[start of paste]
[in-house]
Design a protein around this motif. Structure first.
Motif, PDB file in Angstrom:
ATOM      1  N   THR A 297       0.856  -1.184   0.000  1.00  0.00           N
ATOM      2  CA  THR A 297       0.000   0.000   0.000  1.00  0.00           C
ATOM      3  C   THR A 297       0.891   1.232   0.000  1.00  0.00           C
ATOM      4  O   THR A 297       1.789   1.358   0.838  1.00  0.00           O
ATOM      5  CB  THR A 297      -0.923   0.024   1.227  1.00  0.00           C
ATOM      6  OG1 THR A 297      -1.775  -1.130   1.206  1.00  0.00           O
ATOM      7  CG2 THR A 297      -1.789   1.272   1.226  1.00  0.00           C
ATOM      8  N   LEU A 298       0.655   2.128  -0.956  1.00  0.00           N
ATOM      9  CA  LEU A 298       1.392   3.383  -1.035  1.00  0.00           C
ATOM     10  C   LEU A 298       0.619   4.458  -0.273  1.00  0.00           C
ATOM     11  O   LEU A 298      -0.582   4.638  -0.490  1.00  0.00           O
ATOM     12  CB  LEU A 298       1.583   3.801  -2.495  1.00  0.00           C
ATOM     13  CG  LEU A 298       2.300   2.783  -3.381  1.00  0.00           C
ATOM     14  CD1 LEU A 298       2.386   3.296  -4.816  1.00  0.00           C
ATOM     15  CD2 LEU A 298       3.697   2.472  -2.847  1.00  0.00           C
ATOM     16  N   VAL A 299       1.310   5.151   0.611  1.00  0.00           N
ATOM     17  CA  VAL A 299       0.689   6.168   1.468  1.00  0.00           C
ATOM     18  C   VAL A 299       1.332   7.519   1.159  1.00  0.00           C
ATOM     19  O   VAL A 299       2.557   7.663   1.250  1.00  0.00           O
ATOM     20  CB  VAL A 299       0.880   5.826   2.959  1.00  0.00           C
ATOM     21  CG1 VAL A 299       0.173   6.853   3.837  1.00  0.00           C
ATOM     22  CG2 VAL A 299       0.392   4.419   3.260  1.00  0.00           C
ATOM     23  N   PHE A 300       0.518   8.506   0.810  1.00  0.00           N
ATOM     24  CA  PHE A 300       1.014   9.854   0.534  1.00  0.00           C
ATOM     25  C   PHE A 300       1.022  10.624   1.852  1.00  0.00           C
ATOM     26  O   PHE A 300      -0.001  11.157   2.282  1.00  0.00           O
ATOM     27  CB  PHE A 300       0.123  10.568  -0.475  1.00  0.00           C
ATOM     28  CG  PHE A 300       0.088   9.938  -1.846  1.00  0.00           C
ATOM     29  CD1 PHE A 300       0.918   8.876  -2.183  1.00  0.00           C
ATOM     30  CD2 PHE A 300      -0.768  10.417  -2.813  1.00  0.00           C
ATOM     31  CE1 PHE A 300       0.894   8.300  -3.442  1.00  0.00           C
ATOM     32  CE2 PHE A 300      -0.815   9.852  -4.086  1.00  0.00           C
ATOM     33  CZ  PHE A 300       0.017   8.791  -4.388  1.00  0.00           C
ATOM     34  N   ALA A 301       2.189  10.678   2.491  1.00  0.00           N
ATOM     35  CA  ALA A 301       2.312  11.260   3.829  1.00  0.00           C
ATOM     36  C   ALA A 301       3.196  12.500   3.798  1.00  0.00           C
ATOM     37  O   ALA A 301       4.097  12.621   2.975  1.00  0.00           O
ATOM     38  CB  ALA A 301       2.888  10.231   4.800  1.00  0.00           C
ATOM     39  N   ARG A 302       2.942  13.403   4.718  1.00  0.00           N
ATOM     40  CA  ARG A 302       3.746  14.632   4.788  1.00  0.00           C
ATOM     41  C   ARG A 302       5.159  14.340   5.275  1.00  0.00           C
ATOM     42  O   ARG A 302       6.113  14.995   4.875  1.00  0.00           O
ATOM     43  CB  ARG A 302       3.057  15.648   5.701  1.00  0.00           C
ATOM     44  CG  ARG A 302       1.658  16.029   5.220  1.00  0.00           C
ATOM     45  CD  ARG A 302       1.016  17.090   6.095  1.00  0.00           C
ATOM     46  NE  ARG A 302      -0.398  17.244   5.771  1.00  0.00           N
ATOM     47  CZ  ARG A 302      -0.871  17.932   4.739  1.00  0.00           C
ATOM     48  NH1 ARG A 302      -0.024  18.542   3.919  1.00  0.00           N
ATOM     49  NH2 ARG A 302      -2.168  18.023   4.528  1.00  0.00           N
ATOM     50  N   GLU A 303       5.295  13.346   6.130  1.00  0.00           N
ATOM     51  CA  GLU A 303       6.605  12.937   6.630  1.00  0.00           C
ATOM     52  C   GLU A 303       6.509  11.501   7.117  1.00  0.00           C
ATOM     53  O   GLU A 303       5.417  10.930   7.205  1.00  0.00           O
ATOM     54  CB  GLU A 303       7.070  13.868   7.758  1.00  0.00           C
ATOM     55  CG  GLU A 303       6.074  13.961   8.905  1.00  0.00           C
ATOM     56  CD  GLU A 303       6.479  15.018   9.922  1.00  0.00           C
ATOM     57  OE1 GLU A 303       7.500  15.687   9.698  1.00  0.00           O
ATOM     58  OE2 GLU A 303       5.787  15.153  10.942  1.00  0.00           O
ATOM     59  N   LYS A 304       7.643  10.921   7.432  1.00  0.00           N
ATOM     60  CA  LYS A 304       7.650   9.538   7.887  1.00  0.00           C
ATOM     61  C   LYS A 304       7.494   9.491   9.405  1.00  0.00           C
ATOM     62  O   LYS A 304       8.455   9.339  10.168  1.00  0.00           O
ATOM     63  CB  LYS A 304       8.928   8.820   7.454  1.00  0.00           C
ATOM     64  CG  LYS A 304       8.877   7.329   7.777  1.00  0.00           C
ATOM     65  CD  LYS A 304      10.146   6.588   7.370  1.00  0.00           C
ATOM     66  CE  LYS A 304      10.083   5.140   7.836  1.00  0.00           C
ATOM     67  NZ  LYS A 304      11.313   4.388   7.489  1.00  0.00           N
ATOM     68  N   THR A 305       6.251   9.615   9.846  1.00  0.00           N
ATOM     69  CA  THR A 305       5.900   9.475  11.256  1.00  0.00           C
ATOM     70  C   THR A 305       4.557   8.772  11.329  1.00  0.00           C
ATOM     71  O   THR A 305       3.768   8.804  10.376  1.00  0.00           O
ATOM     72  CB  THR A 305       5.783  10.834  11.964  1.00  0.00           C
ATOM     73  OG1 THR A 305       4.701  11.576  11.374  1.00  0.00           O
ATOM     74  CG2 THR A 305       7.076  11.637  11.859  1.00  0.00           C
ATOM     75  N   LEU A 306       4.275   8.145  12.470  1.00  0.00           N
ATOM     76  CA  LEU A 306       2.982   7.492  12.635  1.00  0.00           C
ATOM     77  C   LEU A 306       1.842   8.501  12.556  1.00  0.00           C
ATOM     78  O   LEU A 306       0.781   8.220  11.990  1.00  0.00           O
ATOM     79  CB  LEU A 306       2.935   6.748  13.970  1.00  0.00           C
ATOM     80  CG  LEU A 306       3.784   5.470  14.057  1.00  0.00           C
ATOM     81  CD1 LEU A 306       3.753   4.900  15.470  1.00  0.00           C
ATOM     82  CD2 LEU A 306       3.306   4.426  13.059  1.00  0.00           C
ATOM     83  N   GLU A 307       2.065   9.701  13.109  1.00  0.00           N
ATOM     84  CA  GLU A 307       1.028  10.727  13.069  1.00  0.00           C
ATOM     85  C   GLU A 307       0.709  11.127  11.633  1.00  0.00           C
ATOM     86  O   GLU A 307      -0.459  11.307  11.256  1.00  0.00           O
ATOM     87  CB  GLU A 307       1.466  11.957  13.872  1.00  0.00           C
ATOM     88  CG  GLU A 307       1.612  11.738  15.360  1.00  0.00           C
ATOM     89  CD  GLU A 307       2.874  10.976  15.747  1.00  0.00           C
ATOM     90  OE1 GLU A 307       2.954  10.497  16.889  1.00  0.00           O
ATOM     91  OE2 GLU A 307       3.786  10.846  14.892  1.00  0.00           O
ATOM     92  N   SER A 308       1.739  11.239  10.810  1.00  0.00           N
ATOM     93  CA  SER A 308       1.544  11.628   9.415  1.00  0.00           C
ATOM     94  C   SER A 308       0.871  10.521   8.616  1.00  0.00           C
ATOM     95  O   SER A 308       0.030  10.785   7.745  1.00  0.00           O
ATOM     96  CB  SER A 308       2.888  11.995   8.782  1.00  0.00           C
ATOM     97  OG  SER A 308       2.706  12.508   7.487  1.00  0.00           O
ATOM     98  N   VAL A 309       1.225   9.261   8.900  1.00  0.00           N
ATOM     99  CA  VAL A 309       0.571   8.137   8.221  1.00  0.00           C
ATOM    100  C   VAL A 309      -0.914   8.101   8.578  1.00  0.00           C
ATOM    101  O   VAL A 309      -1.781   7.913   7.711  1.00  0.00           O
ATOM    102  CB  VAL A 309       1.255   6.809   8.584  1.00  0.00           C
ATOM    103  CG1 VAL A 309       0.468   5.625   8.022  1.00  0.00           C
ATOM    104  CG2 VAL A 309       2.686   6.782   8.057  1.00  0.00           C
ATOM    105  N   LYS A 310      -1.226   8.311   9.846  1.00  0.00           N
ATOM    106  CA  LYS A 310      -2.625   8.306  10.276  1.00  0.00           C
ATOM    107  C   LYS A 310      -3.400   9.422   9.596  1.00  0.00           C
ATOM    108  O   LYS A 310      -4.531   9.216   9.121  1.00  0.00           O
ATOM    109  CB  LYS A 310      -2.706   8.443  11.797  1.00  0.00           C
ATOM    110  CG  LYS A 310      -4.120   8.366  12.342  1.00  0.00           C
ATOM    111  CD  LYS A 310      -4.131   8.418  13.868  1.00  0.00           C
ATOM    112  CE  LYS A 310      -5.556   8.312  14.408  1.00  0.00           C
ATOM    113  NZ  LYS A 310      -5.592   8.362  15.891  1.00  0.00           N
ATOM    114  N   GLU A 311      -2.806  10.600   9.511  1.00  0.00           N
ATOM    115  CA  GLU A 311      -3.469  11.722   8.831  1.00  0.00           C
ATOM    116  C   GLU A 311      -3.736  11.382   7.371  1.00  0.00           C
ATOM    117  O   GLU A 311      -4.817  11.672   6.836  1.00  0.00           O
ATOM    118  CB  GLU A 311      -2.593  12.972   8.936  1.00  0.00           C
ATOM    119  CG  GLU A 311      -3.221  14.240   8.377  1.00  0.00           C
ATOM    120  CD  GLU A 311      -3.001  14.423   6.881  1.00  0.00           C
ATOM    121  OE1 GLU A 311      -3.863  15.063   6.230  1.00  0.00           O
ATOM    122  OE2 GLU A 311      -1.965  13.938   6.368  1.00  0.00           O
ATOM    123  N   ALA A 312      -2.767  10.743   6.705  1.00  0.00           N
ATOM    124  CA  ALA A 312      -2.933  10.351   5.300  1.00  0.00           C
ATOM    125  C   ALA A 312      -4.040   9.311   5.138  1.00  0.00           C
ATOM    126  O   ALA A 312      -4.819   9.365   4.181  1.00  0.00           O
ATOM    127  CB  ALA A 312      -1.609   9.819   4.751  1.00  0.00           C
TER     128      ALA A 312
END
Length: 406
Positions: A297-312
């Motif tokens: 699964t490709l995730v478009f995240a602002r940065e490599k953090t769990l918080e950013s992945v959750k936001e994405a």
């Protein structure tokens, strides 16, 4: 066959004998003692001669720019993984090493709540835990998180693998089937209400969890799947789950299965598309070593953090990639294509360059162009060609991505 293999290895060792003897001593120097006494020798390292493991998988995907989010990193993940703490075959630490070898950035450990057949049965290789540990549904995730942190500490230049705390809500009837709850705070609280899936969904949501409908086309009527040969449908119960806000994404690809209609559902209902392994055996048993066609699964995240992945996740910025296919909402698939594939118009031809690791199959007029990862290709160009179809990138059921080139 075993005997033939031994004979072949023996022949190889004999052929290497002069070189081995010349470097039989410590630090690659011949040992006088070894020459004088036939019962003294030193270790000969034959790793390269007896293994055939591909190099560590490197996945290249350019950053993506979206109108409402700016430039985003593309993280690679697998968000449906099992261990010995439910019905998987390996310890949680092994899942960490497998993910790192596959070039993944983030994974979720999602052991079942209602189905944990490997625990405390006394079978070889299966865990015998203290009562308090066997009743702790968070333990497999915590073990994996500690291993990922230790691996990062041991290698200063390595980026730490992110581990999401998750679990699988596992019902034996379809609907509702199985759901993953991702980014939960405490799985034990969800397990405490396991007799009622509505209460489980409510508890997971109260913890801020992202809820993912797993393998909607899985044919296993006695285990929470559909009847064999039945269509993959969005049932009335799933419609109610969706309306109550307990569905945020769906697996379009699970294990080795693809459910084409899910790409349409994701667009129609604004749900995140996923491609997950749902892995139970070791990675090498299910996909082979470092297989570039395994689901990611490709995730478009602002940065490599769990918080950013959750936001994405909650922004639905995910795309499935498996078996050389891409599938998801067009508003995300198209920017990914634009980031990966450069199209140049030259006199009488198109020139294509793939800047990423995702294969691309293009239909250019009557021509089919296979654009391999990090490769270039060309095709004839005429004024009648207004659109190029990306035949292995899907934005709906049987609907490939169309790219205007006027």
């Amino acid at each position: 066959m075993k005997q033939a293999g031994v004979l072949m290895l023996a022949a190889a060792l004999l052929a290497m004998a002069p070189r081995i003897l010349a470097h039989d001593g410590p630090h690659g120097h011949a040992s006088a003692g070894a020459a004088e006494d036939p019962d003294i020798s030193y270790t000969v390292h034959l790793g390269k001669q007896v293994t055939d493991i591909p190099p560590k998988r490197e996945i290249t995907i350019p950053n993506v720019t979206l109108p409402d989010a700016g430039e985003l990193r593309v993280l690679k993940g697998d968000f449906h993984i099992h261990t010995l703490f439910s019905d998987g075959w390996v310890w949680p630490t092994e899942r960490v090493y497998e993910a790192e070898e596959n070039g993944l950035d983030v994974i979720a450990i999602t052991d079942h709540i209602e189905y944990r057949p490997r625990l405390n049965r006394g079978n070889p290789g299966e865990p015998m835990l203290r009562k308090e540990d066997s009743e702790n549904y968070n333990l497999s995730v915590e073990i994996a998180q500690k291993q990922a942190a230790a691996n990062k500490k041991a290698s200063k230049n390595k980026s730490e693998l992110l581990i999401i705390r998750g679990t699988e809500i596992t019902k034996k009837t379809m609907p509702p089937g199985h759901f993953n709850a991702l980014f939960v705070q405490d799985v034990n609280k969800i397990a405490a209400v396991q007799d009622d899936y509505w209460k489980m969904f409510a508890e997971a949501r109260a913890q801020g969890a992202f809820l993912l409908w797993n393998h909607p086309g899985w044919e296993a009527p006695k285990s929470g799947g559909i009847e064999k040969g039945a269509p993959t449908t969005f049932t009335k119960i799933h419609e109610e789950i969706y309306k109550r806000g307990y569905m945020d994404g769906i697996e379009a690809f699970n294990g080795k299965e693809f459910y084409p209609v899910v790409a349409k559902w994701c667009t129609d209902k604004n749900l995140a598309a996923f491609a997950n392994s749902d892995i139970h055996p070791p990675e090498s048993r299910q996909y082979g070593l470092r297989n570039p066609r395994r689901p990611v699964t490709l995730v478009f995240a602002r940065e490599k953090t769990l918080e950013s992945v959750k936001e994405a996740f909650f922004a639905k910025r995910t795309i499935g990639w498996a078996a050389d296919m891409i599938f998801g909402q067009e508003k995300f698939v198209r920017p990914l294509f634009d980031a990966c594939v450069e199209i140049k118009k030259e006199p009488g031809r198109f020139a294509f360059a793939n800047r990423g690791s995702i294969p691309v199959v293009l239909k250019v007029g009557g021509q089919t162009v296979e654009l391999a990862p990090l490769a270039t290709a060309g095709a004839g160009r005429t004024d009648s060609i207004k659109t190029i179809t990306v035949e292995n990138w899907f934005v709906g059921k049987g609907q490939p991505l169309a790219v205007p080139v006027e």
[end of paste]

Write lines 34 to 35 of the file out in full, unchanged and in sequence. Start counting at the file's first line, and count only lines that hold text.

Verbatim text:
ATOM     31  CE1 PHE A 300       0.894   8.300  -3.442  1.00  0.00           C
ATOM     32  CE2 PHE A 300      -0.815   9.852  -4.086  1.00  0.00           C